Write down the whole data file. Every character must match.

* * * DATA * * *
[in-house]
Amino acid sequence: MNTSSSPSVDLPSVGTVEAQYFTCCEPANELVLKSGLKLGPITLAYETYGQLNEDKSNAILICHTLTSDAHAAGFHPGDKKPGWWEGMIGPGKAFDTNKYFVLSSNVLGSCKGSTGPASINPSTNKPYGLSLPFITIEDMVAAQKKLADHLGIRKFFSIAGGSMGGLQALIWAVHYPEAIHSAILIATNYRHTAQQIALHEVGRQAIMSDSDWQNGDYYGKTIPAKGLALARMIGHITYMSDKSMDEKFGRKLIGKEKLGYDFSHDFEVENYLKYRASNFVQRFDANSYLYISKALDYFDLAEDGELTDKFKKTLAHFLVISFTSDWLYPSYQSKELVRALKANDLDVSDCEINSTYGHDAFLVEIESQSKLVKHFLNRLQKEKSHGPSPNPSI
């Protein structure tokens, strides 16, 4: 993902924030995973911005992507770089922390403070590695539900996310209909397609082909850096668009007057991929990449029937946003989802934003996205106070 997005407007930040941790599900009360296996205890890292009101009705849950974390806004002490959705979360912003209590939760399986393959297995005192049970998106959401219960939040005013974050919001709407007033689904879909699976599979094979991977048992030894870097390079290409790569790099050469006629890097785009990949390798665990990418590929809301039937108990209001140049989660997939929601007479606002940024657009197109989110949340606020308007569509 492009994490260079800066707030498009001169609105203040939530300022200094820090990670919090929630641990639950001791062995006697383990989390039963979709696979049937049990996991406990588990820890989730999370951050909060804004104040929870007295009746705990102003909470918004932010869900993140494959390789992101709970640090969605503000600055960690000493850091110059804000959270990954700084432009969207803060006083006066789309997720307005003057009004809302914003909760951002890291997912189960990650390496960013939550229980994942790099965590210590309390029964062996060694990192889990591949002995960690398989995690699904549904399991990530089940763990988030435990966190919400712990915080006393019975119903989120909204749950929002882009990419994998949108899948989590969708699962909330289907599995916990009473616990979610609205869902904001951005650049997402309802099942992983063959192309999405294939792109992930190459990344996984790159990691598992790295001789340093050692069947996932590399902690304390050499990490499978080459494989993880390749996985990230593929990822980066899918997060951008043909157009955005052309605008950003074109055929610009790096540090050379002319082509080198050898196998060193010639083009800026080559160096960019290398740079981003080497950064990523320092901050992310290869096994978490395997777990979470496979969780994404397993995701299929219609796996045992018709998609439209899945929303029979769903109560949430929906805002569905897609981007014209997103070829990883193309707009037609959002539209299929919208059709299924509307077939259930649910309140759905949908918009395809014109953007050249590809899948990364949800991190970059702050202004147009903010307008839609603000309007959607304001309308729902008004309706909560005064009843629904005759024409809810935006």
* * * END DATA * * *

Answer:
[in-house]
Amino acid sequence: MNTSSSPSVDLPSVGTVEAQYFTCCEPANELVLKSGLKLGPITLAYETYGQLNEDKSNAILICHTLTSDAHAAGFHPGDKKPGWWEGMIGPGKAFDTNKYFVLSSNVLGSCKGSTGPASINPSTNKPYGLSLPFITIEDMVAAQKKLADHLGIRKFFSIAGGSMGGLQALIWAVHYPEAIHSAILIATNYRHTAQQIALHEVGRQAIMSDSDWQNGDYYGKTIPAKGLALARMIGHITYMSDKSMDEKFGRKLIGKEKLGYDFSHDFEVENYLKYRASNFVQRFDANSYLYISKALDYFDLAEDGELTDKFKKTLAHFLVISFTSDWLYPSYQSKELVRALKANDLDVSDCEINSTYGHDAFLVEIESQSKLVKHFLNRLQKEKSHGPSPNPSI
């Protein structure tokens, strides 16, 4: 993902924030995973911005992507770089922390403070590695539900996310209909397609082909850096668009007057991929990449029937946003989802934003996205106070 997005407007930040941790599900009360296996205890890292009101009705849950974390806004002490959705979360912003209590939760399986393959297995005192049970998106959401219960939040005013974050919001709407007033689904879909699976599979094979991977048992030894870097390079290409790569790099050469006629890097785009990949390798665990990418590929809301039937108990209001140049989660997939929601007479606002940024657009197109989110949340606020308007569509 492009994490260079800066707030498009001169609105203040939530300022200094820090990670919090929630641990639950001791062995006697383990989390039963979709696979049937049990996991406990588990820890989730999370951050909060804004104040929870007295009746705990102003909470918004932010869900993140494959390789992101709970640090969605503000600055960690000493850091110059804000959270990954700084432009969207803060006083006066789309997720307005003057009004809302914003909760951002890291997912189960990650390496960013939550229980994942790099965590210590309390029964062996060694990192889990591949002995960690398989995690699904549904399991990530089940763990988030435990966190919400712990915080006393019975119903989120909204749950929002882009990419994998949108899948989590969708699962909330289907599995916990009473616990979610609205869902904001951005650049997402309802099942992983063959192309999405294939792109992930190459990344996984790159990691598992790295001789340093050692069947996932590399902690304390050499990490499978080459494989993880390749996985990230593929990822980066899918997060951008043909157009955005052309605008950003074109055929610009790096540090050379002319082509080198050898196998060193010639083009800026080559160096960019290398740079981003080497950064990523320092901050992310290869096994978490395997777990979470496979969780994404397993995701299929219609796996045992018709998609439209899945929303029979769903109560949430929906805002569905897609981007014209997103070829990883193309707009037609959002539209299929919208059709299924509307077939259930649910309140759905949908918009395809014109953007050249590809899948990364949800991190970059702050202004147009903010307008839609603000309007959607304001309308729902008004309706909560005064009843629904005759024409809810935006």